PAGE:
Indiana Senior Corps Directors Association (ISCDA) was organized to unite all Senior Corps Directors into a state-wide organization. This association combines the three programs, Foster Grandparent Program (FGP), Retired and Senior Volunteer Program (RSVP), and Senior Companion Program (SCP). The by-laws, New Director Handbook, RSVP Director's Manual for New RSVP Directors of Indiana, Words of Wisdom for RSVP Directors, two photographs of RSVP volunteer conference, and RSVP pins are included.
Collection ID: MSS168

James C. Penney Foundation Records, 1929-1999

The James C. Penney Foundation was created in 1954 by the merchant, James Cash Penney, and his wife, Caroline A. Penney. James C. Penney was born on September 16, 1875 near Hamilton, Missouri. In the early 1900s he purchased his first store, called the Golden Rule. His values, emphasizing both the customer and the employee, helped him build a chain of Golden Rule stores that was renamed the J.C. Penney Company, Inc. in 1913. Penney's personal philanthropy began with death of his second wife, Mary. He formed the J.C. Penney Foundation in 1925 in her memory to help support youth programs and the Penney Farms, a retirement community founded by Penney for ministers. The J.C. Penney Foundation folded after the stock market crash in 1929, but Penney regained his personal fortune and renewed his interest in philanthropy over the next two decades. In 1954 he and his wife, Caroline, founded a second foundation, called the James C. Penney Foundation.
Collection ID: MSS044

JEHT Foundation Records, 1974-2019, bulk 2002-2008

The JEHT Foundation was established in 2000 by its trustees based on the core values behind its proposed mission: "justice, equality, human dignity, and tolerance." Most of their efforts focused on grant making and advocacy in support of community justice, and by 2008, JEHT advertised its primary areas of interest as: 1) criminal justice; 2) juvenile justice; 3) international justice; and 4) fair and participatory elections. The Foundation was forced to cease operations in December of 2008 when Bernie Madoff was arrested for securities fraud, resulting in the loss of most of JEHT's financial assets, invested with Madoff for more than 30 years.
Collection ID: MSS089

John Gomperts Papers, 1965-1966, 1991-2012, bulk 1994-2001

John Gomperts is the current President and CEO of America's Promise Alliance. This collection primarily focuses on his time working with the Corporation for National and Community Service, first as Chief of Staff and later as the Director of AmeriCorps.
Collection ID: MSS149

John H. Boner Community Center Records, 1950-2018, bulk 1971-2017

The Near Eastside Multi-Service Center (NEMSC) was founded in 1971 as a nonprofit, community-based agency designed to coordinate and provide social services and programs for the diverse population of the near eastside of Indianapolis. In 1994, NEMSC officially changed its name to the John H. Boner Community Center (JHBCC) in order to honor John H. Boner, a long-time active member and director of the organization. Historically, the JHBCC's services have shifted based on funding and community needs, but they largely focus on cooperating with other neighborhood and Indianapolis organizations to provide social services, housing, and community programming to inhabitants of the near eastside community.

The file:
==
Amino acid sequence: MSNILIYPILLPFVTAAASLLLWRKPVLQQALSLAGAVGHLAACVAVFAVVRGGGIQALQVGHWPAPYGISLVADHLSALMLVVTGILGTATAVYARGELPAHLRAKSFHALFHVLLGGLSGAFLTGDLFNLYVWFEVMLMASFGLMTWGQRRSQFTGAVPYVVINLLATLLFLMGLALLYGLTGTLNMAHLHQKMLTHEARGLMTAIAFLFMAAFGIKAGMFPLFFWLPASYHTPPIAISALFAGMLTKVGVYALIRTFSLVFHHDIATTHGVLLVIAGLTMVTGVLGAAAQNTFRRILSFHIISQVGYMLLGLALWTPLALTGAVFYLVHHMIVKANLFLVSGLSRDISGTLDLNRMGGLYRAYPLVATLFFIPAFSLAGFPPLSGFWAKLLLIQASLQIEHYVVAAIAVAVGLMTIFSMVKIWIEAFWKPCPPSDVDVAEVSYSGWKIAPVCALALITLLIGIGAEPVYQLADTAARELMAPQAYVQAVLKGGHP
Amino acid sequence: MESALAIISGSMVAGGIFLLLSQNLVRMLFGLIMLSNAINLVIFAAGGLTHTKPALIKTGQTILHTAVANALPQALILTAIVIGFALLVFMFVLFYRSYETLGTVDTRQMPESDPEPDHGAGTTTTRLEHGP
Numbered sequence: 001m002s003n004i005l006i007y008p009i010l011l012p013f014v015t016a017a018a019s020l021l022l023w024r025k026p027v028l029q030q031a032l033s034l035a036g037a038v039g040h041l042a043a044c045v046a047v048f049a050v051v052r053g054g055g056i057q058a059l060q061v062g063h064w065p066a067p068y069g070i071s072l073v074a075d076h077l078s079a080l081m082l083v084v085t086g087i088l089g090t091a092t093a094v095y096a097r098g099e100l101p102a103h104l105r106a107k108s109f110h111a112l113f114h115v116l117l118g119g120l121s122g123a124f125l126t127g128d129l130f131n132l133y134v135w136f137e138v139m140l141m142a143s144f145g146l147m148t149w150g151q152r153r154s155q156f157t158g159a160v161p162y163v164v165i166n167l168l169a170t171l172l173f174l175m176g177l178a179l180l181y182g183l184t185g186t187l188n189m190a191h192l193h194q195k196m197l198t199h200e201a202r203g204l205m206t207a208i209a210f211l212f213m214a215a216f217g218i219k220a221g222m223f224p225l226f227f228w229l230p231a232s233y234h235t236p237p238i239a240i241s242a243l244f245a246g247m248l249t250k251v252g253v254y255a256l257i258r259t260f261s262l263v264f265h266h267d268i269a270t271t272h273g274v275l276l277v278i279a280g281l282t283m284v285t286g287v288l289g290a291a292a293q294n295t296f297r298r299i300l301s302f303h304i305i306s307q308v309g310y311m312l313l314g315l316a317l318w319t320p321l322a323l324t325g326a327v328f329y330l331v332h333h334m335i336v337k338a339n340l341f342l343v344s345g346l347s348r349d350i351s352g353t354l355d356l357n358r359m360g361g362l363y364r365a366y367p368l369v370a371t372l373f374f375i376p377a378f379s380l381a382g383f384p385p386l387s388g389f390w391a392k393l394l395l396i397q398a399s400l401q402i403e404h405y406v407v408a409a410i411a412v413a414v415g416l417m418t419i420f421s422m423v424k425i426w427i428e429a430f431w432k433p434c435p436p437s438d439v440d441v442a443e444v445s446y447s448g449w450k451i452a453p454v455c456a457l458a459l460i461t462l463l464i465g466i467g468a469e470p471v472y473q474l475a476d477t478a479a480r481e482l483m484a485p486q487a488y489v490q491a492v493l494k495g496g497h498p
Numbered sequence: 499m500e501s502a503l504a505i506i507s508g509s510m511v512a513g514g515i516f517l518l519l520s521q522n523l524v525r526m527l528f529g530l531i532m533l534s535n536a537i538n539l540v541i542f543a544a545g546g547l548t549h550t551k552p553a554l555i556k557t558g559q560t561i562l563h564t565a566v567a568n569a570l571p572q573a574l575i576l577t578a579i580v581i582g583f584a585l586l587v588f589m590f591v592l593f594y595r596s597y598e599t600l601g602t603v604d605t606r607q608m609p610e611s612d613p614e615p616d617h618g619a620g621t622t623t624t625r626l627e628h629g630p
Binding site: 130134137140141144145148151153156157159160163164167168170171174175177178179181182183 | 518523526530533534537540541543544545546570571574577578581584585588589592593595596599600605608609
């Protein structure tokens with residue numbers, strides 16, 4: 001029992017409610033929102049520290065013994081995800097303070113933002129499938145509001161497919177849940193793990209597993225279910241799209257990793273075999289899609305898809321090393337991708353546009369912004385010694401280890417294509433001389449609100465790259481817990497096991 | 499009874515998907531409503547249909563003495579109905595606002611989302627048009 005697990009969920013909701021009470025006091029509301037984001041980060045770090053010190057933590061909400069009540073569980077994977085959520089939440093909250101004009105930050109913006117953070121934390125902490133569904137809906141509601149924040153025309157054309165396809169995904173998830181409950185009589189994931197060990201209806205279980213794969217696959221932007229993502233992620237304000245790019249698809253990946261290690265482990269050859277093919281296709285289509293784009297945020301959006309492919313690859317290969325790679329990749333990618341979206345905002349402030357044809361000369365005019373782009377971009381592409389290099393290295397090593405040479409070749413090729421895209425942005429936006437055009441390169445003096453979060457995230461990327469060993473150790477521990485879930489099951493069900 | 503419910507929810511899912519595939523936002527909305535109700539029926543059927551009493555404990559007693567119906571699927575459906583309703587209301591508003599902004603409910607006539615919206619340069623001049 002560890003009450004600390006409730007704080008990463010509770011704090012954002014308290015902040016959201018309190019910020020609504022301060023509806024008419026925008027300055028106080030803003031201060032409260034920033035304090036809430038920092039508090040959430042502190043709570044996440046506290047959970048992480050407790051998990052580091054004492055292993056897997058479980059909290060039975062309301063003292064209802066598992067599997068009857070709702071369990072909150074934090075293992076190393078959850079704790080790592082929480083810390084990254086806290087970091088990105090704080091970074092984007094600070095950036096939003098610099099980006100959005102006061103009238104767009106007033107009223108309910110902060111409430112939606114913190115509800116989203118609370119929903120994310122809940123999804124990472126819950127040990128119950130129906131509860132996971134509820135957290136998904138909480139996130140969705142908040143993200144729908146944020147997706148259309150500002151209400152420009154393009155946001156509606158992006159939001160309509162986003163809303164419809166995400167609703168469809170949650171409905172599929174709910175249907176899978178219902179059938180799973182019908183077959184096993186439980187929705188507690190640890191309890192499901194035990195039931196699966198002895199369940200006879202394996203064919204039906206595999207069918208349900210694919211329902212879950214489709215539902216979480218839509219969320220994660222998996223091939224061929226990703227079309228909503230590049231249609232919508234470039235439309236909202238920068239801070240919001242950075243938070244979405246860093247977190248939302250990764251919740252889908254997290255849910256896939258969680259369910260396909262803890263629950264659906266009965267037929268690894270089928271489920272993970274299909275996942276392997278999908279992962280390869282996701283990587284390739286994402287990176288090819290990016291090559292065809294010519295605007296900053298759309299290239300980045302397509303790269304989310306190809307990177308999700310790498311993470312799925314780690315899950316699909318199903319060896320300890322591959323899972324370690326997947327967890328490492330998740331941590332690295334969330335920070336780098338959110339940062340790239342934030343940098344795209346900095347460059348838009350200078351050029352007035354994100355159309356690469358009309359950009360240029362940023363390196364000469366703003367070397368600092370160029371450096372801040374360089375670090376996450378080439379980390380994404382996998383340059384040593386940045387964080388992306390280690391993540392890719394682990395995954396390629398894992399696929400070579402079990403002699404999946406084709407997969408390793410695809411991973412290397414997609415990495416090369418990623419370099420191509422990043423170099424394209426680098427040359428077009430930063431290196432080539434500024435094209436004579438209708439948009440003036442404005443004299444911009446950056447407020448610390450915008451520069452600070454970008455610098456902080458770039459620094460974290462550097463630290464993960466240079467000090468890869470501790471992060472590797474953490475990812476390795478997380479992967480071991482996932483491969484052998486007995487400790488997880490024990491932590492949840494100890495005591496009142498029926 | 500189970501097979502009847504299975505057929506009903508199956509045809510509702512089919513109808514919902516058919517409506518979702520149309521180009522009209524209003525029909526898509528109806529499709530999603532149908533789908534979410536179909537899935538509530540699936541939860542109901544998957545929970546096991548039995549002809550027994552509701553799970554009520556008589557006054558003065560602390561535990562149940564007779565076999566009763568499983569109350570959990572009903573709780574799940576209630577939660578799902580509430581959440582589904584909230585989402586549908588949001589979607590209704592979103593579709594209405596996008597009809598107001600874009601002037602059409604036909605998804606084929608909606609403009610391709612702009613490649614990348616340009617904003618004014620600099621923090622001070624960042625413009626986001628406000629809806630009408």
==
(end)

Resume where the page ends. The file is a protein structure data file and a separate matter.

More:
Collection ID: MSS137

John J. Schwartz Papers, 1948-1994

John J. Schwartz, fund raising executive and author, worked hard to assist in the development of standards and ethics for fund-raising professionals and to influence legislation on the national and state level. During his 41 active years in the field, Schwartz was employed by various philanthropic organizations including John Price Jones, Inc., Fund Raising for Traveler Aid Society of New York, Development for the Community Service Society, G.A. Brakeley & Co., the American Cancer Society, and American Association of Fund Raising Counsel, Inc. (AAFRC). Schwartz spent a majority of his career, 1966-1987, at AAFRC, advancing to become the President of the organization in 1973 until his retirement. Throughout his career, he has served on various boards and committees promoting the understanding of philanthropy and was instrumental in the establishment of Coalition of National Voluntary Organizations (CONVO), Independent Sector, and the Indiana University Center on Philanthropy. The papers consist of records documenting his involvement with several philanthropic organizations as an employee and as a member of professional organizations. Included are organizational information, correspondence, meeting minutes, project reports, conferences, articles and papers.
Collection ID: MSS031

Junior Achievement of Central Indiana Records, 1956-2000

Junior Achievement of Central Indiana (JA Central Indiana) was founded in 1957 as an area franchise of Junior Achievement. JA Central Indiana has implemented the major educational programs of Junior Achievement from 1958 through today, teaching Central Indiana students from the grade school to high school level about economics and business in a hands-on format.